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We're in Deepwater


What began on April 20th as a tragic industrial accident that claimed 11 lives is turning into an unprecedented ecological disaster.

Michael Dudley | May 5, 2010, 9am PDT
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What began on April 20th as a tragic industrial accident that claimed 11 lives is turning into an unprecedented ecological disaster.

People are already calling the massive eruption of oil in the Gulf of Mexico "America's Chernobyl," and, like that disaster, the Gulf oil mess will surely have significant implications for national energy policies: deep-sea oil drilling will now be seen to be on par with nuclear energy in terms of risk. It is difficult to imagine anyone again chanting "drill, baby drill".

News coverage and preparations have focused on the Gulf states and related environmental and economic impacts as the oil begins to take its toll on wildlife and the industries dependent on Gulf ecosystems, including fishing and tourism.

There is however a much more horrific scenario emerging that is only getting limited treatment in the media: that the Deepwater Horizon rig was drilling at the very edge of our technological capabilities and that the conditions on the ocean floor are so extreme, complex and dangerous that there may, in fact, be no way to control or stop the oil from gushing.

A report leaked to the media from the National Oceanic and Atmospheric Administration warns that if the pipe currently restricting flow breaks, the surge could increase to 50,000 barrels a day. Worse still, if the well head itself collapses under the pressure, the eruption would be completely uncontrolled – essentially an underwater volcano of oil. James Moore at the Huffington Post believes that the disaster may become a global one:

"[T]here is no way to know when and even if the well will ever be capped. In fact, if there is no plug placed in the hole, it is not inconceivable that no part of the planet's oceans will escape harm."

Paul Noel of the New Energy Congress also believes that the sheer size of the deposit into which Deepwater Horizon was drilling suggests that, if unchecked, the leak could poison all of the world's oceans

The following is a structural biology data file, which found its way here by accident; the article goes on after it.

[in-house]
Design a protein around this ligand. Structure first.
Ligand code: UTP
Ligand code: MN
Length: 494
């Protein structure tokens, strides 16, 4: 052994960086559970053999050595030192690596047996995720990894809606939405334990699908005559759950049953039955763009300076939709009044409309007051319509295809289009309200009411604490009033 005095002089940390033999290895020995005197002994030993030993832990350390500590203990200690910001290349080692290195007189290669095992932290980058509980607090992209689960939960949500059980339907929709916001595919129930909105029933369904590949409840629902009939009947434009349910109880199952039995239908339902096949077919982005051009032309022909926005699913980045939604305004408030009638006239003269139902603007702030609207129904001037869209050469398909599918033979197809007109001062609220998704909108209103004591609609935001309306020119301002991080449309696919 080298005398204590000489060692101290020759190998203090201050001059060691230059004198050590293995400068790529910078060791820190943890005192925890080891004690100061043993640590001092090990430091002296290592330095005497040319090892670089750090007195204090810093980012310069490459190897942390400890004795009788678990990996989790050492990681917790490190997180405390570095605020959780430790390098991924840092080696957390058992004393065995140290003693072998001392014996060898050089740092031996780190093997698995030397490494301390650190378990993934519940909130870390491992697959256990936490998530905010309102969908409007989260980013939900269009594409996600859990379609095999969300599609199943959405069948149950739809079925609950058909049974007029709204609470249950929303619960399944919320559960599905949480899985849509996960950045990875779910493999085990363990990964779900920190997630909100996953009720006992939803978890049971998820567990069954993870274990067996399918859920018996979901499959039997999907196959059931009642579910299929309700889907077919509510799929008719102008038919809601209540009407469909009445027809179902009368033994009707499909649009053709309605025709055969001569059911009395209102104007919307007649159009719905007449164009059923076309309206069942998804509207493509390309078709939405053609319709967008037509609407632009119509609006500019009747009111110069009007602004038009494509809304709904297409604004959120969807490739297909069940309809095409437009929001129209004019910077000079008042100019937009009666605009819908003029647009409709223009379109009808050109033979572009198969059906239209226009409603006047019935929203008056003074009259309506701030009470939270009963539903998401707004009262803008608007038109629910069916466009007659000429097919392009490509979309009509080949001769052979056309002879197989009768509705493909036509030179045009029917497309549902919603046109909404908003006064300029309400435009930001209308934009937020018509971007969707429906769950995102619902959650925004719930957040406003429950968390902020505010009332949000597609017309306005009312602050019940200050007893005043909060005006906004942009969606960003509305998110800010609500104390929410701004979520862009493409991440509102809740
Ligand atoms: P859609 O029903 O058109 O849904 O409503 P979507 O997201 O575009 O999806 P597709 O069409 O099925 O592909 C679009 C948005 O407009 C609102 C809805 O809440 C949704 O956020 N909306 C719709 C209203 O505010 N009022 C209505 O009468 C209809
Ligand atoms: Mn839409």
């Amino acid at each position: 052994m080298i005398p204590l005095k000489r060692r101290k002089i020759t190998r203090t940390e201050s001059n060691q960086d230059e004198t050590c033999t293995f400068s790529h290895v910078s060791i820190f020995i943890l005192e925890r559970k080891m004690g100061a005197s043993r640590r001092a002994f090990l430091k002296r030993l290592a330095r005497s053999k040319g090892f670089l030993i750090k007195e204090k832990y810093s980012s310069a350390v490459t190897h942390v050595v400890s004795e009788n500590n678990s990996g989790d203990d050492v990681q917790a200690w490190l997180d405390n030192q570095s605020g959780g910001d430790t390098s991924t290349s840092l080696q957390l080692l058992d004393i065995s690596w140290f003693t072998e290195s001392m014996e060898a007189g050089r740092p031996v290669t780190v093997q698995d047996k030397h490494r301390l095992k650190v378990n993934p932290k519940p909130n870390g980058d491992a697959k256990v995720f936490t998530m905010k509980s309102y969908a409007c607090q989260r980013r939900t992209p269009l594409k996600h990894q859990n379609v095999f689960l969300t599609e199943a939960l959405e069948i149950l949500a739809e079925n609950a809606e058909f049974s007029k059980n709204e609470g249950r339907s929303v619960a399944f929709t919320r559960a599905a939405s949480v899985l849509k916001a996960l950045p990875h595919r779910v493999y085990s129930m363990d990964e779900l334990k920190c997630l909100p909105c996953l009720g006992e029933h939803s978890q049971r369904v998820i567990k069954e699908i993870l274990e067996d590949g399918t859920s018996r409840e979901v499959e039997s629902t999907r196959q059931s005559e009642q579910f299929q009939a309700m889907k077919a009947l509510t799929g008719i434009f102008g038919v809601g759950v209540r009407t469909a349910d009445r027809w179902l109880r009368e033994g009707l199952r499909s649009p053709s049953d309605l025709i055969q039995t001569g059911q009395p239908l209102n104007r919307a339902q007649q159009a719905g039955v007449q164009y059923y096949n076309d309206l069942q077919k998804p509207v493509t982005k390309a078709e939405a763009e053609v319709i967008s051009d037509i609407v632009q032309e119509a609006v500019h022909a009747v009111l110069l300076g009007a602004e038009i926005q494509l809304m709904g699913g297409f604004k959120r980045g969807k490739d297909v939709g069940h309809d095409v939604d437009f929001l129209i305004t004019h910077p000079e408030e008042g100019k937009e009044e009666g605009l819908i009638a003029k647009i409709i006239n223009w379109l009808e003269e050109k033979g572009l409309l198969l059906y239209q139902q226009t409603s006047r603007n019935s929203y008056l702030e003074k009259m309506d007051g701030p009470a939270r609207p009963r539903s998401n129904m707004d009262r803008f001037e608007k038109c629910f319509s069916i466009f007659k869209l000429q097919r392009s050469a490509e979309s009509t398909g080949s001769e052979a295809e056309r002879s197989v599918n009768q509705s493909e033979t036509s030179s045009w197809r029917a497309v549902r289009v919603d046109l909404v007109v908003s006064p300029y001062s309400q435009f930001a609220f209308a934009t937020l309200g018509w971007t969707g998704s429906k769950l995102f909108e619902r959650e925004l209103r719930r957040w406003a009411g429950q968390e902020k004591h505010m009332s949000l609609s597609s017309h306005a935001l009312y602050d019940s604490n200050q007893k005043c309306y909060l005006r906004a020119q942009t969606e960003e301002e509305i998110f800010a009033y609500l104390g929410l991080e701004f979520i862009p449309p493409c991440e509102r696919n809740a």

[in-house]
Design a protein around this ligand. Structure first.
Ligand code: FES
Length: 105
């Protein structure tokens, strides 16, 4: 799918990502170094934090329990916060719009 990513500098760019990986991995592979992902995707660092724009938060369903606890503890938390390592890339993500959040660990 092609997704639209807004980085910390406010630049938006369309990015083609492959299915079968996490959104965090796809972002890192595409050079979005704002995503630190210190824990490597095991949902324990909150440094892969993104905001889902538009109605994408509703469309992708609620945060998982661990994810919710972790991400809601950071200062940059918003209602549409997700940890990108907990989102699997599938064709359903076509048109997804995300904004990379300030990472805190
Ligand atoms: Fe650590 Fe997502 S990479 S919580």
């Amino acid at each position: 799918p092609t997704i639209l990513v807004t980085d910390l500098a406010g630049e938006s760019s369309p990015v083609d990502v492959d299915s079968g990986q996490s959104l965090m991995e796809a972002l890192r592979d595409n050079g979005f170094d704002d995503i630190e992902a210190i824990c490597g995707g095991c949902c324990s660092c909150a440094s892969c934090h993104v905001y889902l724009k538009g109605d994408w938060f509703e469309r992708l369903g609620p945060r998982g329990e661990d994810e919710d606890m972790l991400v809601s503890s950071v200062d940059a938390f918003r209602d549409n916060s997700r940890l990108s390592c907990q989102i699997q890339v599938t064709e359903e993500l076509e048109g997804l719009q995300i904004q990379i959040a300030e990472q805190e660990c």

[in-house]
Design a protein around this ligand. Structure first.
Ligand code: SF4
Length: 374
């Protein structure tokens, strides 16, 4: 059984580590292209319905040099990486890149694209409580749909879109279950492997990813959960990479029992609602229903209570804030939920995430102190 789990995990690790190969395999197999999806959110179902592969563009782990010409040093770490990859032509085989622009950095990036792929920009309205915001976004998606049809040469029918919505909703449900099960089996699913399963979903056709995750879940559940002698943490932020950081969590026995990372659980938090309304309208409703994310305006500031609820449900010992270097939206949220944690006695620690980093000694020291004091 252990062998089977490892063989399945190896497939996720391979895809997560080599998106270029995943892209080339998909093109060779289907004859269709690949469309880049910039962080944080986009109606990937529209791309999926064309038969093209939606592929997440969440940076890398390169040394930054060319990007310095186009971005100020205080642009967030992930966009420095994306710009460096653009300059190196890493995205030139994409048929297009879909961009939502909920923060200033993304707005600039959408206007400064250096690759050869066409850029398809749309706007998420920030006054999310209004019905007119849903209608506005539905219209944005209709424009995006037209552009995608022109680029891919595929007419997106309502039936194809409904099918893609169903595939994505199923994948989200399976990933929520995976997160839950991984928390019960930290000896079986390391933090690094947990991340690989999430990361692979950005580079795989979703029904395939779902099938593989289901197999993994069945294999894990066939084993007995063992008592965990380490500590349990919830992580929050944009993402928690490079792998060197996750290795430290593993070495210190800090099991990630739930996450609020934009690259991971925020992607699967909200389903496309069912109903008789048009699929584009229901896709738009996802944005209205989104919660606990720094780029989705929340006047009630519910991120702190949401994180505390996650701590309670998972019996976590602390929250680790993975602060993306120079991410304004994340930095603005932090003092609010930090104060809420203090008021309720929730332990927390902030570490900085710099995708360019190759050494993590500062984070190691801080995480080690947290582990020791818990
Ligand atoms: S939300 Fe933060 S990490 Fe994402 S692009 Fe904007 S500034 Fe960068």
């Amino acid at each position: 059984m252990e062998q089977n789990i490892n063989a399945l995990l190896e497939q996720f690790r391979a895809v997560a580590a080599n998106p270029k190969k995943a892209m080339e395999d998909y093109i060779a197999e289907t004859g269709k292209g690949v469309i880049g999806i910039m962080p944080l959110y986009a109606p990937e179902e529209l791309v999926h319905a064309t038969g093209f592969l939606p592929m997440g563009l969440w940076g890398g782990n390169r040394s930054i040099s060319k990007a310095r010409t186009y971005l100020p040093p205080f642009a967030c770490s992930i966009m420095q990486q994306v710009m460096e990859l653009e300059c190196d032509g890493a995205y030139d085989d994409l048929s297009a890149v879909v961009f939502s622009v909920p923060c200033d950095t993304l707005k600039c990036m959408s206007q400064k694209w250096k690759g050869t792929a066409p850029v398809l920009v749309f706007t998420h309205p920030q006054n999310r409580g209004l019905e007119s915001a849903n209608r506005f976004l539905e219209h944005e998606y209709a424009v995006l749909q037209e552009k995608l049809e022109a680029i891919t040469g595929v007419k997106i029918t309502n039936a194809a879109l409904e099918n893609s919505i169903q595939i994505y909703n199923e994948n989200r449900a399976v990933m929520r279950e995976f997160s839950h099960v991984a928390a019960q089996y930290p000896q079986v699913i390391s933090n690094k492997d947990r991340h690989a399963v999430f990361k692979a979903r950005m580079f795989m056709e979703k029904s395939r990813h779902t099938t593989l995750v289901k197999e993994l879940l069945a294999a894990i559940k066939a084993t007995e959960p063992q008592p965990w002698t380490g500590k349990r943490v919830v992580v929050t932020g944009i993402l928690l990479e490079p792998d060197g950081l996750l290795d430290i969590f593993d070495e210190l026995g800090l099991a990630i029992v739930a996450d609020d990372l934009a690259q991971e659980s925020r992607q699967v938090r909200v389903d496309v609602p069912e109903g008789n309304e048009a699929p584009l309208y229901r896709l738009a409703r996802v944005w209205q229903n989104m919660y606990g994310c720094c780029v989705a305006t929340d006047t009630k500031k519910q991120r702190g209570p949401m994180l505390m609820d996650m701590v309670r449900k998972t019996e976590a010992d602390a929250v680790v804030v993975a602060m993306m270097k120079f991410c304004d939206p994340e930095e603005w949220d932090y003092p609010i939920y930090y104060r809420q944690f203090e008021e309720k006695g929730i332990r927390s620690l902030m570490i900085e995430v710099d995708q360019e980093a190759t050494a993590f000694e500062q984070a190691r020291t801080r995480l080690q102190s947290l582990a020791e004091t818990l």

"[T]he BP people are not talking, but this well is into a deposit that easily could top 500,000 barrels production per day for 10 or 15 years...The deposit is very big. It contains so much hydrocarbon that you simply cannot imagine it. In published reports, BP estimated a blow out could reach near 200,000 Barrels per day (165,000) They may have estimated a flow rate on a 5 foot pipe. The deposit is well able to surpass this The deposit is so large that while I have never heard exact numbers it was described to me to be either the largest or the second largest oil deposit ever found [covering] an area off shore something like 25,000 square miles. Natural Gas and Oil is leaking out of the deposit as far inland as Central Alabama and way over into Florida and even over to Louisiana almost as far as Texas. This is a really massive deposit."

Hopefully, the 100 ton "dome" that is to be lowered over the leak will work and the spill will be successfully controlled. If not, and if the surge continues for months and years, with Gulf currents carrying the oil into the Atlantic and beyond, we will be facing an environmental catastrophe beyond our imaginations – perhaps even the death of the world's oceans.

Such scenarios may be extreme. We must hope so.

Beyond hope, however, there must be the recognition that the Deepwater Horizon disaster is just the most recent and alarming warning that our present energy regime is itself a disaster and must come to an end. Continuing to plan for a built environment dependent on cheap fossil fuels can no longer be considered tenable. We must move much more aggressively on reducing energy inputs and on facilitating a transition to a society based not on the exploitation of hydrocarbons but on renewable sources of energy. This means that we must stop assuming that "people will always drive," or that goods and people will always be able to easily jet to and from metropolitan areas.

In short, I believe that the disaster in the Gulf lends just about the most powerful moral imperative imaginable to efforts to promote Smart Growth, densification, mass transit, high-speed rail, transportation electrification, re-localization and alternative energy.

And, as a warning, it may be the last one we get. 


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